The Business of Fashion
Agenda-setting intelligence, analysis and advice for the global fashion community.
Agenda-setting intelligence, analysis and advice for the global fashion community.
When Vivy Sofinas Yusof, co-founder of Kuala-Lumpur-based modest fashion e-tailer Fashionvalet, decided that she wanted to start an in-house beauty brand four years ago, there was little doubt that it would be halal.
“People expected it of us already, being a company that started as a hijab brand,” she told BoF. Indeed, her home market of Malaysia is a Muslim-majority country and a centre of the global halal economy. The more she looked into halal cosmetics, the more Yusof was drawn to the category.
“It’s actually the highest standard. It’s clean, [often] vegan and more than the product itself, it’s the process, from manufacturing to distribution, from A to Z,” adds Yusof, who started her career as a blogger, set up Fashionvalet a decade ago and has since launched two sub-brands, fashion-centric Lilit and lifestyle-focused Duck, which houses Duck Cosmetics. “I wanted to be halal. I want to give my customers the best, the cleanest, I possibly can.”
Halal means permissible in Arabic and adheres to Islamic law; halal cosmetics are therefore free from haram (meaning, prohibited) ingredients, including those that are animal and alcohol-derived, and manufactured in a clean environment to prevent cross-contamination. A brand’s manufacturers and products are halal-certified through accredited Islamic agencies — Duck Cosmetics, for example, is certified by Malaysia’s Department of Islamic Development, known as JAKIM — but the lack of a unified global standard means certifiers use slightly different parameters.
“We often think that it’s only about the ingredients, but it’s also about the sourcing of the raw materials, manufacturing process and in some cases even the way the final product performs,” says Roshida Khanom, category director for beauty and personal care at Mintel. Take nail polish, which unlike other product categories must be water-permeable to get the halal stamp of approval.
As demands for the beauty industry to become more inclusive and eco-friendly gain global traction — and spending power across markets with significant Muslim populations, like the Middle East and Southeast Asia, continues to rise — a halal beauty wave seems long overdue. Despite numerous obstacles, from drawn-out production cycles to a lack of consumer awareness, a new cohort of entrepreneurs are determined to bring the category into the mainstream.
Keeping Up With the Halal Economy
According to the annual Global Islamic Economy Report, Muslim spending will climb to $2.4 trillion by 2024 and Grand View Research estimates that the halal beauty industry will be worth $52.2 billion in 2025.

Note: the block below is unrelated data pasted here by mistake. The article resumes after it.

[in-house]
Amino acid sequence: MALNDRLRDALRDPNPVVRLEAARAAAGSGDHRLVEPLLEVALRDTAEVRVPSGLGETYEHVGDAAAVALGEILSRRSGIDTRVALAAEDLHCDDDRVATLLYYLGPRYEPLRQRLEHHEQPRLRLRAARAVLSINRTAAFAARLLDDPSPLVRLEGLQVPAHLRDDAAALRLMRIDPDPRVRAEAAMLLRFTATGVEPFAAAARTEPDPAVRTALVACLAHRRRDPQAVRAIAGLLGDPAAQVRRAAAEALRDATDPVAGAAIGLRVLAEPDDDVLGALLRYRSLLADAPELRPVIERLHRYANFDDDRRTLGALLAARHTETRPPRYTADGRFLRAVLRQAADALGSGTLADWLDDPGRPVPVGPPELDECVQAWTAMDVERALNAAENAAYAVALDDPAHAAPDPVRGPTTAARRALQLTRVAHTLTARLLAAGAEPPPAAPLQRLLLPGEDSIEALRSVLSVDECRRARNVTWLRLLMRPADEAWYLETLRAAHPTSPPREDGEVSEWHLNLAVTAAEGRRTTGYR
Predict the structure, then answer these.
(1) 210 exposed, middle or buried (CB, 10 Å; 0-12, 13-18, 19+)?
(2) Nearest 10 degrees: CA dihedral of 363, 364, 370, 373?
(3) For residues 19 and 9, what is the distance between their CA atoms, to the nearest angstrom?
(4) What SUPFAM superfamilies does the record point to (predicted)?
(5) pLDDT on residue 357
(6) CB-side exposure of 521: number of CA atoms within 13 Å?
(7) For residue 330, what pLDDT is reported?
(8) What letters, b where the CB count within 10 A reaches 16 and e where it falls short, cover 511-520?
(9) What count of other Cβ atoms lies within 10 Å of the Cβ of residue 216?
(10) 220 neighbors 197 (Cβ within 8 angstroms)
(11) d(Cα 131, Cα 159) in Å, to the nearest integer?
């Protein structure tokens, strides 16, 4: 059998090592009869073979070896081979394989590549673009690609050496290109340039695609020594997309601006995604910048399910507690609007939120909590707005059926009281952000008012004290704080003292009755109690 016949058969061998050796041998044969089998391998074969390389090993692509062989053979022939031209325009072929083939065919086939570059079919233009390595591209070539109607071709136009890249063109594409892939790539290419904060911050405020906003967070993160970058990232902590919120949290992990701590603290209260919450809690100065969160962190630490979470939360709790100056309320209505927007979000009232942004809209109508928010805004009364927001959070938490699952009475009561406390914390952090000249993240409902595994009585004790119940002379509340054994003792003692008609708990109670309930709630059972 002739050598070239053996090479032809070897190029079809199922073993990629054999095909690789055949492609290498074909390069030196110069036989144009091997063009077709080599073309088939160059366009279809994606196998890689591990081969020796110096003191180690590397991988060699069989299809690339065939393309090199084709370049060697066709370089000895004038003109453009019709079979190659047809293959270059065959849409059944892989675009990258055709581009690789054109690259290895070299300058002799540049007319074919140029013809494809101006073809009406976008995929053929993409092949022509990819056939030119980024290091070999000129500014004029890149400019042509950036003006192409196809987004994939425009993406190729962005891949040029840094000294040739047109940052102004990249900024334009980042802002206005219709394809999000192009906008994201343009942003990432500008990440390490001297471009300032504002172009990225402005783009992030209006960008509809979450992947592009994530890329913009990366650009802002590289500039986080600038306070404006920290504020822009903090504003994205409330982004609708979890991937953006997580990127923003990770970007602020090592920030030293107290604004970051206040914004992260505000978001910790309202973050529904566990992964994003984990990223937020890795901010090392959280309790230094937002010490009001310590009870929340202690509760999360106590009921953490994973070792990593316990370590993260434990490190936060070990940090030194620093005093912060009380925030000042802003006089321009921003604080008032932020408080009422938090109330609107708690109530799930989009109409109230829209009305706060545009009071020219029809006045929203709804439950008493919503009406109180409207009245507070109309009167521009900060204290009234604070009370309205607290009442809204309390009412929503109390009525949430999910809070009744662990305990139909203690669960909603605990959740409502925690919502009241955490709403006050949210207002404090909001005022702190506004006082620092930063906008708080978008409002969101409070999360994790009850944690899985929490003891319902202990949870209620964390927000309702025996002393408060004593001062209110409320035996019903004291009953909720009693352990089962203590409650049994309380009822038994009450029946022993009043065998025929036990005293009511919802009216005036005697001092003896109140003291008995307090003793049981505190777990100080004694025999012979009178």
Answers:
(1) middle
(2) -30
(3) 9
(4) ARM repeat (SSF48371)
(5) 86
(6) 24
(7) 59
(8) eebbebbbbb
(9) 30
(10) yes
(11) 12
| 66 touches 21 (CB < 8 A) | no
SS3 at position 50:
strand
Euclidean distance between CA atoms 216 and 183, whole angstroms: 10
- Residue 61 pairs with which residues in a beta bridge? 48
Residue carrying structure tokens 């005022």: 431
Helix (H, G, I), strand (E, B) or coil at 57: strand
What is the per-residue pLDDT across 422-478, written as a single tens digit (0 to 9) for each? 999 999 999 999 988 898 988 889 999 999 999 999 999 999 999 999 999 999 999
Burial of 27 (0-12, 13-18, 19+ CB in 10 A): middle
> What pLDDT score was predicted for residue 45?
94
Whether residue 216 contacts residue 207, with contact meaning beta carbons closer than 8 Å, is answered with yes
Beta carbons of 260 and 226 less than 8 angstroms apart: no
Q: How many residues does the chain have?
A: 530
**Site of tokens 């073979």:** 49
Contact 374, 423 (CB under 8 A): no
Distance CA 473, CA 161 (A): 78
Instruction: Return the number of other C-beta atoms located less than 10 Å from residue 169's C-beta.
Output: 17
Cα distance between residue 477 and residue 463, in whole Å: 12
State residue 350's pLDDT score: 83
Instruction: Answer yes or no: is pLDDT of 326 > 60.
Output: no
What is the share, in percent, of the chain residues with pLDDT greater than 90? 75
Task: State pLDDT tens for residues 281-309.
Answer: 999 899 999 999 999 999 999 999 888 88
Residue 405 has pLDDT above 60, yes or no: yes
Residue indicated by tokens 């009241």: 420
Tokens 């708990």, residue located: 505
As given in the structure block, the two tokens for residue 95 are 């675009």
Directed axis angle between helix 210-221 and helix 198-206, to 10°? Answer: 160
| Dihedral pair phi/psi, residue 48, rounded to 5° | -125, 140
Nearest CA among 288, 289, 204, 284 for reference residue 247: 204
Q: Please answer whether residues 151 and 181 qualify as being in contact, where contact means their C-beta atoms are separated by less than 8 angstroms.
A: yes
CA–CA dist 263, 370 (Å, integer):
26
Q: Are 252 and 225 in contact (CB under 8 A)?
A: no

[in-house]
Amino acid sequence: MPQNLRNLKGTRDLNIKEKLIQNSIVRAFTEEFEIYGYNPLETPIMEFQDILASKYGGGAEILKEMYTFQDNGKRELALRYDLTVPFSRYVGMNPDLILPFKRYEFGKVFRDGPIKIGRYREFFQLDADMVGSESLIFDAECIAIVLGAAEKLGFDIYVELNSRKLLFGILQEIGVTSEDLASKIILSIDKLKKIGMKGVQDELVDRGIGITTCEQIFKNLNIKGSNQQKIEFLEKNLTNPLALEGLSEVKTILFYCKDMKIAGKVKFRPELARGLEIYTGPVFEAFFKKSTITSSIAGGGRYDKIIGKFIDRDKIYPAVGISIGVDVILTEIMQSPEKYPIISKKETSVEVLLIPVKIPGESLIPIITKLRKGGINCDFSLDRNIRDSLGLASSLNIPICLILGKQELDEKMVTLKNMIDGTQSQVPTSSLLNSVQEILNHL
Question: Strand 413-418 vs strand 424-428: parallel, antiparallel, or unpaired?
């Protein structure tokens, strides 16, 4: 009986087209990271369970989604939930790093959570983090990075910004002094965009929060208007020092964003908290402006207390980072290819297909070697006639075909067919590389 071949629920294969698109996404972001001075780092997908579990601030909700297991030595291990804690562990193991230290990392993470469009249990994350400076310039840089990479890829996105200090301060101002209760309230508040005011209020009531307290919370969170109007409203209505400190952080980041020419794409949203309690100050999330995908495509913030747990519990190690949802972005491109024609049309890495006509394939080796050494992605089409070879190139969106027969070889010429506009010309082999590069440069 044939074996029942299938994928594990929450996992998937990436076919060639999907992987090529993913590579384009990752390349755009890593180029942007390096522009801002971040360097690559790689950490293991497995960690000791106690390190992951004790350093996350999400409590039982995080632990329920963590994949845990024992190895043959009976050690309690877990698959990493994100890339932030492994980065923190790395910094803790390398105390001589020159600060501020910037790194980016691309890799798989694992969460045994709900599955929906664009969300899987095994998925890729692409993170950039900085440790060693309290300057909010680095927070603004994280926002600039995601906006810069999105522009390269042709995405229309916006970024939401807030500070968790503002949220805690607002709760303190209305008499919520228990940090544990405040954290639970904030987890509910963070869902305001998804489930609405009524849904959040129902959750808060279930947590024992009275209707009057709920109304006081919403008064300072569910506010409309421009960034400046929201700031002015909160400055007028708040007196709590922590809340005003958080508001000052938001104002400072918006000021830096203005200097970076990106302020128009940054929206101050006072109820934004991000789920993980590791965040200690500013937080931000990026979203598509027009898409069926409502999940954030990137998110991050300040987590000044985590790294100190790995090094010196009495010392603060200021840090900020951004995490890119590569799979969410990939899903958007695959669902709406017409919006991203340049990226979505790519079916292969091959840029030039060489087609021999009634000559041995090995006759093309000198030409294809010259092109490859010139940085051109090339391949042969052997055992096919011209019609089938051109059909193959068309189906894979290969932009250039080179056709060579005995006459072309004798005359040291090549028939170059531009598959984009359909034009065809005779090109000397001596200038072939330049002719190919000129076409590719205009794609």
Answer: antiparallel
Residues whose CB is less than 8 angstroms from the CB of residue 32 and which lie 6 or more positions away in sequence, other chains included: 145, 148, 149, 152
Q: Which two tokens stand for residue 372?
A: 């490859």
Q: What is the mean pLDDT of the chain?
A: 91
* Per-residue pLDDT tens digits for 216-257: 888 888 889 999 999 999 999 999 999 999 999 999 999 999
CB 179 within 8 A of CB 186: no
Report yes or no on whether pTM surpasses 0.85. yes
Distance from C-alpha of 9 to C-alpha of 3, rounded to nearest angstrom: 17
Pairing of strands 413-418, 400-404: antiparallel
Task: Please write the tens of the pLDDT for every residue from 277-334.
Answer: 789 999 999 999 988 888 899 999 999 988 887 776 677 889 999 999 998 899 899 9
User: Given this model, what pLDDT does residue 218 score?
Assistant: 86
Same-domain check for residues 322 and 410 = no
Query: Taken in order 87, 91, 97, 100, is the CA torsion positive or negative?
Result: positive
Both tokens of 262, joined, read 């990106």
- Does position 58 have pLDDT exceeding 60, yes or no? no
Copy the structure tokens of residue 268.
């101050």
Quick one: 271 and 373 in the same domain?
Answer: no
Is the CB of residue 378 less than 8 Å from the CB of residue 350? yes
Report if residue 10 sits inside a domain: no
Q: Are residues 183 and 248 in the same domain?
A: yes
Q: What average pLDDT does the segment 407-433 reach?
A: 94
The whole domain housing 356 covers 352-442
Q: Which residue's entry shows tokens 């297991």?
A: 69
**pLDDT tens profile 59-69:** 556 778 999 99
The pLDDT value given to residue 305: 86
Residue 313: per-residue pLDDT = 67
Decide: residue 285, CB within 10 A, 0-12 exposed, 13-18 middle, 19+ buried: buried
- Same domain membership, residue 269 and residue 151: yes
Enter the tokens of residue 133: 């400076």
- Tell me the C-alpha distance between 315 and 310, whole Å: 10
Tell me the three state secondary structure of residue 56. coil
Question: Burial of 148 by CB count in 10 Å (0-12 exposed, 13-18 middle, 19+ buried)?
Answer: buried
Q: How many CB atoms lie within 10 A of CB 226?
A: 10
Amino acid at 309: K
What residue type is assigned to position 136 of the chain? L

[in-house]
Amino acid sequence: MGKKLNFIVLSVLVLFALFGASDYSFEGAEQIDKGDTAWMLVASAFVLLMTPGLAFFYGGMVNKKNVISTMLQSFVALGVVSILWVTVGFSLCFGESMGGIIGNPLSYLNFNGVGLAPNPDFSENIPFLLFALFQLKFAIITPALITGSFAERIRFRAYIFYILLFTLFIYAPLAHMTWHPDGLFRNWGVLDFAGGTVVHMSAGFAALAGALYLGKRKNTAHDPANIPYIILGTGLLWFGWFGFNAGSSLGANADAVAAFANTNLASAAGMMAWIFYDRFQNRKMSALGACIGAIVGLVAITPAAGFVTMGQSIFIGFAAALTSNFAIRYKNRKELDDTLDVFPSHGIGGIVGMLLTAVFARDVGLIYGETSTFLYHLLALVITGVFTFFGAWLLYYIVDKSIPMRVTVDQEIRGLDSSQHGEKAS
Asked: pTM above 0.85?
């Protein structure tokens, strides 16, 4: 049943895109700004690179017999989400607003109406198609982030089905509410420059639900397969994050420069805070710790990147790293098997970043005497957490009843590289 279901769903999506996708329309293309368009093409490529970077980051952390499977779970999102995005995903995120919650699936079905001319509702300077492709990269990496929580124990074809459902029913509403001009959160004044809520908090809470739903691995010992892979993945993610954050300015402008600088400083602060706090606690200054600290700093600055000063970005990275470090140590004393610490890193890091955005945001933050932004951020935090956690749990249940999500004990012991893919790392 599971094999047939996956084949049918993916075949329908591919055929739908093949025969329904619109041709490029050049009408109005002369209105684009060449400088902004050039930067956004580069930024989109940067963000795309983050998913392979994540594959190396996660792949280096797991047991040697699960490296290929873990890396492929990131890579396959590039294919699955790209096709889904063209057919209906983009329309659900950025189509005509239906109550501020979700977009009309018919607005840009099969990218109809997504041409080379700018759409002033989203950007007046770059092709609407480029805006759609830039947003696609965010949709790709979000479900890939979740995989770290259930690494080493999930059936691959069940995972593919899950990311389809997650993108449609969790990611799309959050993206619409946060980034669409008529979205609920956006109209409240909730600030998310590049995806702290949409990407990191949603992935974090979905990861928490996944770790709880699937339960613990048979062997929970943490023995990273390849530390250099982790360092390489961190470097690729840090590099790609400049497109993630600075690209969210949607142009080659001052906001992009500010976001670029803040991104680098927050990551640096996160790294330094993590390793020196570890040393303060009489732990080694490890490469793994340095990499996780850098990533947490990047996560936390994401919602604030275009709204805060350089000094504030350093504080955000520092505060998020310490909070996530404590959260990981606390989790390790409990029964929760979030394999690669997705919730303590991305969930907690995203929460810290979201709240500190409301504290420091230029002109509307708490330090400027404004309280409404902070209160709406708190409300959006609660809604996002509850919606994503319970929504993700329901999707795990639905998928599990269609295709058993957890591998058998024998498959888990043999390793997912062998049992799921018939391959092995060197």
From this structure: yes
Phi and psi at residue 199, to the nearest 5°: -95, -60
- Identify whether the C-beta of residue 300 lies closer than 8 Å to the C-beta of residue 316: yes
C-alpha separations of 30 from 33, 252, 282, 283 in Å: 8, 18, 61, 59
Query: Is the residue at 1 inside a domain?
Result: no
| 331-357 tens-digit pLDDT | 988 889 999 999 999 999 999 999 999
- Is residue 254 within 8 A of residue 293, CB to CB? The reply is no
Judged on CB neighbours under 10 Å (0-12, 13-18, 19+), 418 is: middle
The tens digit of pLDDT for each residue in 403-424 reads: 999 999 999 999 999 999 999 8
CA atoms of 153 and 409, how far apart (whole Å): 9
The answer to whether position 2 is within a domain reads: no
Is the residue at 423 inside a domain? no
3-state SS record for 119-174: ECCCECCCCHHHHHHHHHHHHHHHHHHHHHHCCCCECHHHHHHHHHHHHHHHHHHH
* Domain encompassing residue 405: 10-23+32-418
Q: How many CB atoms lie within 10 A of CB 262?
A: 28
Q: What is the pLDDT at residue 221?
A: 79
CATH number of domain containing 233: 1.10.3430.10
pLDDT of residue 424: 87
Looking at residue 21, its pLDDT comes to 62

“The demographic breakdown of the global Muslim population shows that it’s disproportionately young and many of the Muslim majority countries are becoming increasingly economically influential,” says Khanom.
Besides the Middle East, halal products are of growing importance in Southeast Asian countries like Malaysia and Indonesia, the fastest-growing markets for halal cosmetics, according to the Global Islamic Economy Report. A thriving tech industry is helping new brands gain ground: on Shopee, a Singapore-based e-commerce giant active across Southeast Asia, halal beauty mainstay Wardah quadrupled its growth rate in 2020, according to Novia Sukmawaty, who heads its brand development.
If you go through all the effort and time to get halal-certified, you really wouldn’t keep it a secret.
“Many competitors have become aware that being halal is an important factor for their business growth, said Sukmawaty. “This has also become a consumer demand nowadays.”
Big Beauty’s Stance
In Indonesia, the country with the world’s largest Muslim population, halal is defined by government regulations and all goods sold within the country will require halal labelling by 2026.
This hasn’t gone completely unnoticed by global beauty giants. Following a labelling law introduced in Indonesia in 2016, groups like Unilever and L’Oréal amped up efforts to cater to the market; by then the latter operated an Indonesian halal-certified factory that supplied the region with products from brands including Garnier, Reuters wrote.
To tap into K-beauty’s growing popularity in Southeast Asia, Amorepacific reportedly had plans to open a manufacturing plant in Malaysia in 2020 (the company did not respond to a request for comment). Shiseido had a factory in Vietnam certified, but declined to comment. “We do not certify our ingredients or products as Halal,” an Estée Lauder Companies spokesperson wrote in an email.“ However, we do have many products across our brand portfolio that do not contain any animal or animal-derived ingredients or alcohol.”
Overall brand messaging and transparency on the issue remains lacking. Online platforms like ‘Halal or Haram’ and review site Knoji provide some information on top beauty brands, but customers often have to make inquiries into ingredients such as glycerin, which can be both plant and animal-derived. Blog posts where authors look through ingredient lists and curate halal-certified products are another source of information.
In 2018, Duck Cosmetics became one of the first Malaysian brands to be stocked at local Sephora stores; Yusof was told that the beauty giant was interested in Duck because of its halal credentials. “That’s a big indication that these beauty giants are paying attention, you know?” Sephora did not respond to BoF’s request for comment.